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Lethbridge Herald Newspaper Archives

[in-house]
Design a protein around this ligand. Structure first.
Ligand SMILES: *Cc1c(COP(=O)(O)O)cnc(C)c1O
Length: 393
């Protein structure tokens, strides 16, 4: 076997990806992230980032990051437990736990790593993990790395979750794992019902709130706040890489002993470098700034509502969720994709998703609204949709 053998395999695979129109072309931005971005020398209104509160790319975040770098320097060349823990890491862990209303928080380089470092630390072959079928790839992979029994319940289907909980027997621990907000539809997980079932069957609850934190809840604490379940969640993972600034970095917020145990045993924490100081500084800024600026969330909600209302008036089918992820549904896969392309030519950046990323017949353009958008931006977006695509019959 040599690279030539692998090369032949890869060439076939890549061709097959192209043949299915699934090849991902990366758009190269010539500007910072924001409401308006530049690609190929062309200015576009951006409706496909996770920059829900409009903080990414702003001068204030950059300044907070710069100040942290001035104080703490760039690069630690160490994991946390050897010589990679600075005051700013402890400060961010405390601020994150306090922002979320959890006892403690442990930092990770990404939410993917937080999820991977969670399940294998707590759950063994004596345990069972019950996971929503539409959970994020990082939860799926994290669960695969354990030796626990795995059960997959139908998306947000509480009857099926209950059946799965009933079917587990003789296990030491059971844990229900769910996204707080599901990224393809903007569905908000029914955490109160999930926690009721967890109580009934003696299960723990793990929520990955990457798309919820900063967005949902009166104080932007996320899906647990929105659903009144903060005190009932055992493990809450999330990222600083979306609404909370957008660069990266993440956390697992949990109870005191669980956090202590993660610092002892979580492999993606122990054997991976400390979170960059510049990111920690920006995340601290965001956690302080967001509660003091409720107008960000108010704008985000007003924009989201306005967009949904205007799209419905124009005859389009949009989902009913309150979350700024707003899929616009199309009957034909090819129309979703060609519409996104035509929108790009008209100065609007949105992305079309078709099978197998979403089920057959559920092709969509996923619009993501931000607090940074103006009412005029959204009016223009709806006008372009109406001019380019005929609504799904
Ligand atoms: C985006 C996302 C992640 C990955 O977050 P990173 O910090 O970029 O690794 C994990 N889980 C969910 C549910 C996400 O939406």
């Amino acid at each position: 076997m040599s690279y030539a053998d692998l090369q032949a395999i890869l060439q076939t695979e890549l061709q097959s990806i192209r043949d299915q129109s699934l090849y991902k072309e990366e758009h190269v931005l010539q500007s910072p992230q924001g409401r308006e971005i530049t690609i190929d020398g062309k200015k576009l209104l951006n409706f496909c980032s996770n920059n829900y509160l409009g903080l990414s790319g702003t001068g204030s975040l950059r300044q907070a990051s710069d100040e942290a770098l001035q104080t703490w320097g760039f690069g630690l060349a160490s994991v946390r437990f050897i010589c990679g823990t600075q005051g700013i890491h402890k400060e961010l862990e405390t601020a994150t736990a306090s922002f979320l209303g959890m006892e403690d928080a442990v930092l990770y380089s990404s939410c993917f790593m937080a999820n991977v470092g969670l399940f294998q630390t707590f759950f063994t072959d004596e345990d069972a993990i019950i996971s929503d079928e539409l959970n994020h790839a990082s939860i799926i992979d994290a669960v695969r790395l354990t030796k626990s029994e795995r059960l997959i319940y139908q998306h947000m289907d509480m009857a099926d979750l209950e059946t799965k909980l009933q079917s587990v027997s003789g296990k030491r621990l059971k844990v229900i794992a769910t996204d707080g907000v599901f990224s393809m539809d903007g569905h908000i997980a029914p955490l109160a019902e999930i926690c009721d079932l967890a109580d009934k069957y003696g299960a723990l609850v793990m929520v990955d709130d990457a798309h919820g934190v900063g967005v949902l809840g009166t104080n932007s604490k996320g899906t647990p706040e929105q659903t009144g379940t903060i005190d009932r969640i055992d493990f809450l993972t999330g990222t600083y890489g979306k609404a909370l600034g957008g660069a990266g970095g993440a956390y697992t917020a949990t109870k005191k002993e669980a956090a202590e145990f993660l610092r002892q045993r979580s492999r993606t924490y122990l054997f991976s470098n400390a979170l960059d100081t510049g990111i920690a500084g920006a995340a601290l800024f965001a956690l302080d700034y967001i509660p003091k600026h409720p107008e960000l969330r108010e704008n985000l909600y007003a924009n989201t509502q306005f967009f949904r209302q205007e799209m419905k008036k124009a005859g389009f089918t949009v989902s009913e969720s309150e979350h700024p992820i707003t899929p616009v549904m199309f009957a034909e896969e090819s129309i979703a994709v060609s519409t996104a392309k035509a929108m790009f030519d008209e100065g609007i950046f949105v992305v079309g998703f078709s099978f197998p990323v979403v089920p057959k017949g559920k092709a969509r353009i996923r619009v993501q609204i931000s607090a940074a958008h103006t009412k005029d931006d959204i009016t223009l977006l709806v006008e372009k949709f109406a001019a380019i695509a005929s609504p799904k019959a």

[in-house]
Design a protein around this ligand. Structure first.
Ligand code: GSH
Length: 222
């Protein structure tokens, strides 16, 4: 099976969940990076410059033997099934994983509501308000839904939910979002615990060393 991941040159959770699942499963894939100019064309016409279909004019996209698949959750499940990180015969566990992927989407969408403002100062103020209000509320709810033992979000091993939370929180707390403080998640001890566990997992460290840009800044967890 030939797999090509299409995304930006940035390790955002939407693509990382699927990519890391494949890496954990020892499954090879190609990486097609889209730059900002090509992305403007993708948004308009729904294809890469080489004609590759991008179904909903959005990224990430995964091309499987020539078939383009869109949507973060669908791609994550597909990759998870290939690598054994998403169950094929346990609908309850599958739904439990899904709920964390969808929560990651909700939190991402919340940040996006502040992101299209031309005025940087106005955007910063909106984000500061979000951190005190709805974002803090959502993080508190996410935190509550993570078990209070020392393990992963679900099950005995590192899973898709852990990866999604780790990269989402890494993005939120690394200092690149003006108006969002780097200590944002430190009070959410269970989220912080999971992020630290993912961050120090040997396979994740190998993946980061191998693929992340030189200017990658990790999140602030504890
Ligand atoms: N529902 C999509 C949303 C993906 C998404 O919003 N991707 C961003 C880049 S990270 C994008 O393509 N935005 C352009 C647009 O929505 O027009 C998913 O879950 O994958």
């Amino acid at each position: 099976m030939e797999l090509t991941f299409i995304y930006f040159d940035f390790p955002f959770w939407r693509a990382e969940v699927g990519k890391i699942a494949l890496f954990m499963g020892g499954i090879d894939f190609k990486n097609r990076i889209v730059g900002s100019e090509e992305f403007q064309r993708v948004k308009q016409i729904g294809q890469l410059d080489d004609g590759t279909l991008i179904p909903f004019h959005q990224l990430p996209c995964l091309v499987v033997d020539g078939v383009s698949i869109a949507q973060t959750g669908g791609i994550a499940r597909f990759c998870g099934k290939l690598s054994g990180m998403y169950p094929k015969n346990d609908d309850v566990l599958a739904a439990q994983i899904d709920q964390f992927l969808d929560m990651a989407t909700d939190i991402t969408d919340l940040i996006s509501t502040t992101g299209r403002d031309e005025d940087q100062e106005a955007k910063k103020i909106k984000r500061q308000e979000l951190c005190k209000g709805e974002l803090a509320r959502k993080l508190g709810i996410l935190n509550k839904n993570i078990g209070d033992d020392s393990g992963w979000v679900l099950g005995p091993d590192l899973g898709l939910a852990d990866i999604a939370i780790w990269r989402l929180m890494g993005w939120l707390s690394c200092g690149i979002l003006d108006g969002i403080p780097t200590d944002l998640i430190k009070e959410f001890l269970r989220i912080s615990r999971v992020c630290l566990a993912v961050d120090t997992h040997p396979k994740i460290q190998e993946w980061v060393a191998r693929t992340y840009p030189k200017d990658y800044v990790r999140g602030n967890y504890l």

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Lethbridge Herald, The (Newspaper) - March 12, 1973, Lethbridge, Alberta 10 THE LETHBRIDGE HERALD Mcnday, Marctl 12, 1973 AY the legislature Premier keys on energy By GREG McINTYRE EDMONTON Premier Peter Lougheed lakes keen interest in energy maltevs. Whenever matters of oil, natural gas or coal come up in the legislature, the pre- mier listens carefully and often fakes (ho initiative in making his views known, Energy is an issue on which Mr. Ixmghccd is build- ing a national reputation. It's an ideal political issue vi- tally important and very complex. During hearings into oil revenues last year in Ed- monton both government and industry representatives con- fessed they didn't understand how prices are set for pe- troleum, the matter is so complicated. There's plenty of room for fancy political footwork. In the current "energy cri- sis" the spade in Mr. Loug- heed's hand is that Alberta is Canada's energy province producing about one-third of the country's oil. more than any ether province. Eastern Canada and the United States must listen when our premier speaks. Premier Lougheed has Something Is Happening At RtVOSTOW Now Available! STIPPLETONE WALL AND CEILING TEXTURED FINISH The exciting lexture fm- Uh for wolls and ceilings, inside or out. Ready lo use. Goes on easily wilh brush or roller. Covers creeks, patches, nail holes. Can be applied lo concrete, block, brick, plaster, gyproc, ocouslic life al- mosr any surface. In Ultra White for fjnling. Also Sil- ver Frosr and Gold Dust. 1602 3rd Ave. S. Phono 317-5777, 327-5888 Open Monday Ihru Friday o.m. lo 5r30 p.m. Saturday a.m. to p.m. FSEE DELIVERY "CHARGEX" RWOSTOK COMPANIES LTD. stepped boldly into the en- ergy game with a two-price policy for Alberta natural gas. The benefit of lower prices to Albertans will help demolish Mr. Lmighecd's po- litical opponents within the province at the next election. The success of tha hvo- price plan lias national sig- nificance and could carry Mr. Lougheed to the east as a strong candidate to succeed Robert Stanfield. The appointment ot Bob Dowling as minister of the new department of consumer affairs was a blow to tour- ism, the office Mr. Dowling was previously exclusively responsible for, but will now manage as a second re- sponsibility. Tourism was billed dur- ing the Conservatives' first year in power as the pot at the end of the rainbow that would provide a multi-million dollar a year boost to the eco- nomy. Mr. Dowling made a start only a creat- ing a new awareness of the importance of the visitor in- dustry and establishing a new equitable formula for distribut i n g government as- sistance to (he local tourist zones. The enthusiastic promotion- oriented MLA for Edson was an ideal type for the tourism job. Unfortunately, those qualities do not lend them- selves well to the suspicious watchdog role of a consumer protection minister. A better choice for the new portfolio might have been Ron Chiller, a Calgary law- yer, wlio gave an impressive expose of mortgage lending "rip offs" in his speech in the budget debate last week. Even younger Conservative MLAs like Julian Koziak (Ed- monton Strathcona) or Dave King (Edmonton Highlands) M-ho have showed promise on committee business would have been more suitable for consumer affairs. Consumer protection would even have been made an of- fice in the attorney general's department or the depart- ment of manpower and labor of the more legalistic watchdog portfolios. NDP leader Grant Notley's "meaty" speech in the bud- get debate was a lesson in the subtleties of opposition politics. It was an opposition election speech, compared APPLIANCE and TV CENTRE with the kind ot pure opposi- tion speeches that have come from the Social Credit MLAs who have spoken so far in the hudget debate. Mr. Notley criticized gov- ernment budget proposals very deftly tn his speech, but lie went further and added the positive alternative what the voter might expect if iin NDP government took office an unlikely thought, however. The less sophisticated Soc- red speeches simply attack- ed. The simple attack has nevertheless been very ef- fective. Under the new Soc- red ho'.ise leader Jim Hender- son the Socreds have in fact regained ttieir proper role as the official opposition a role that appeared to bo Mr. Notley's last year. With his more thoroughly researched speech, Mr. Not- ley at this stage is at least one step more ready for tho next election. John Ashton, until last week the "hippest" MLA on either side of the assem- bly with his fuzzy Afro hair style. The Conservative MLA for Edmonton Ottewell was al- most unrecognizable when he showed up with a very short trim. There was great glee and desk thumping as Mr. Ashton stood up to speak. One Socred wit shouted "stranger in the house" the signal in fusty-musty parlia- mentary tradition for the ser- geant-at-ai-ms to evict some- one who has stepped onto the floor of the house without au- thorization. However, the sergeant-at- arms was taking part in the merriment too and took no action to oust Hie slightly blushing Mr. Ashfon. It should have surprised no one when Premier Lougheed sent a telegram Friday urg- ing Ottawa to get behind the Edmonton chapter of the Am- erican Indian Movement demonstrating in support cf brothers at Wounded Knee, South Dakota. If Mr. Lougheed goes to Ot- tawa to contest the leader- ship of his national party, he may go as "the little chief." Like the big chief, John Die- fcnbaker, he is an honorary chief. One example, was the Loughced Alberta Dill of Rights patterned on Mr. Die- fenbaker's Canadian Bill of Rights. Prairie shipyards crane loads sealed containers on railroad cars bound for eastern seaports Lethbridge is inland Atlantic port By JIM MAYBIE Herald Staff Writer Lethbridge has become one of the biggest inland ports in Western Canada, John Dierckx, formerly of Lethbridge and now manager of sales and service for CP Ships freight services division, says "Lethbridge is one of the better exporting areas in West- ern Canada. "Lethbridge has surpassed some of the larger industrial areas in Western Canada in con- tainer exports." The containers referred lo by Mr. Dierckx are an integral part of CP vessels which trav- el weekly between Quebec City and Greenock, Soodand, Liver- pool and London, England and Rotterdam, Holland. Once across the ocean con- tainers are reloaded aboard rail fiatcars, trucks or other small- er ships for transport through- out the U.K. and continental Europe. Basically the containers are aluminum boxes about eight feet high, eight feet wide and 20 or 40 feet long. They are capable of holding pounds of export prod- uct. There are various types of containers to suit many require- ments. Some have open tops tarp covers, some have er.ds or sides or tops which open. They are used to transport everything from cars, macliin- cry and steel sheets to peris h- able products, Mr. Dierckx said in a "Herald interview. There are temperature con- trolled units which can reduce temperature inside the units to 32 degrees below zero. Some containers a year are moving out of Leth- bridge carrying hides, beef, of- fals, grass and mustard seeds, honey, mashed potatoes, can- r.ed and frozen vegetables, scrap metals, bulk and bagged peas, the containers can also handle bulk liquid shipments. The containers are used ex- clusively for foreign trade. There are several advantages to using the standard-size con- tainers, said Mr. Dierckx. Exporters can sell their prod- ucts in smaller lots, opening the doors to more customers. There is less pilferage. Shipmenls can be handled faster at less expense. There is less damaged goods and less chance ot losing a box of parts required for putting together a piece of machinery. With containers there is door- to-door service. A person mov- ing his household furniture to or from the U.K. or Europe, for example, simply has a container left at his. house, loads it up, seals the doors and the furniture is delivered by high-boy trailer to its new des- tination. For the businessman, a con- tainer couM mean instant cash for his product instead of hav- ing to wait until the product is loaded aboard ship. As containers are considered a part of the ship, the product being exported is considered, in effect, to be aboard ship as soon as the container is loaded ard sealed. Southern Alberta has become such a user of containers that the western regional office for container freight was moved from Winnipeg to Calgary last year. College students vote March 22 An election of officers at j idenl vice pres- Lr-thbridge Community College will be held March 22 to fill seven executive positions on the Students' Association. Campus voters will cast bal- lots for president, vice pres- ident treasurer, sec- retary, activities co-ordinator and public relations officer. Candidates must be full-time students at LCC, members of the Student Association and have good academic standing. Nominations will not be re- ceived after 4 p.m. Wednesday. Campaigning will end Friday, March 16. GERALD A. BULLOCK, B.A., D.D.S. AND DENNIS S. BULLOCK B.Sc., D.D.S. wish to announce they have relocated their denfal office to the Main Floor, Suite 101 MEDICAL DENTAL BUILDING COR. 7th ST. and AVE. S., LETHBRIDGE Annual Coast to Cons 13.1 cu. ft. NO FROST REFRIGERATOR WITH 2 CRISPERS PLUS SEPARATE MEAT KEEPER Separate zero zone freezer holds up lo 100 Ibs. Dairy compartments 2 lift-out egg trays on deep shelf cabinet door 1 adjustable cabinet shelf Sculptured walnut handles Fiberglass insulation 95 BIG SAVINGS ON FAMOUS QUALITY CGE HOME APPLIANCES Bill BAKK "WAYNE BAKER Model L13JRJ CONVENIENCE SPECIAL 339 VARIABLE WATER LEVEL AND TEMPERATURE FILTER-FLO AUTOMATIC WASHER Permanent press, noi-aml, delicate soak and extra wash cycles Three water levels ond three temperature selections Filters lint from clothes Por- celain enamel top, tub and wash- hasket Safety lid Made! W70TH IAUNDRX SPECIAL EXCLUSIVE CGE Mini-Basket. Washes leftover small lands. Free Delivery Grain or Trade 328-1673 PHONE 328-1322 Across from Emerson's Downtown Showroom MULTI-CYCLE CONVERTIBLE DISHWASHER Use as a portable now can be built in later Built-in soft food disposer virtually eliminates hand rinsing Automatic Rinse-Glo dispenser for spotless glassware O Normal Wash or Rinse.and-Hold cycle lets you do dishes or later Three level washing and rinsing action Tuff Tufa interior to guard against chipping Maplewood pattern Texlolile top. .95 Model SC431N SPARKLING BUY 319 ELECTRIC SELF-CLEANING OVEN 30" RANGE WITH AUTOMATIC OVEN TIMER, CLOCK AND MINUTE MINDER Stay.up surface element! for easy cleaning Wal- nut console top trim Sculptured cooklop for no sidfl drips Recessed full-width storage drawer 2 high- speed 8" Calrod surface units Appliance outlet Model J33SH CONVENIENCE SPECIAl 369 ;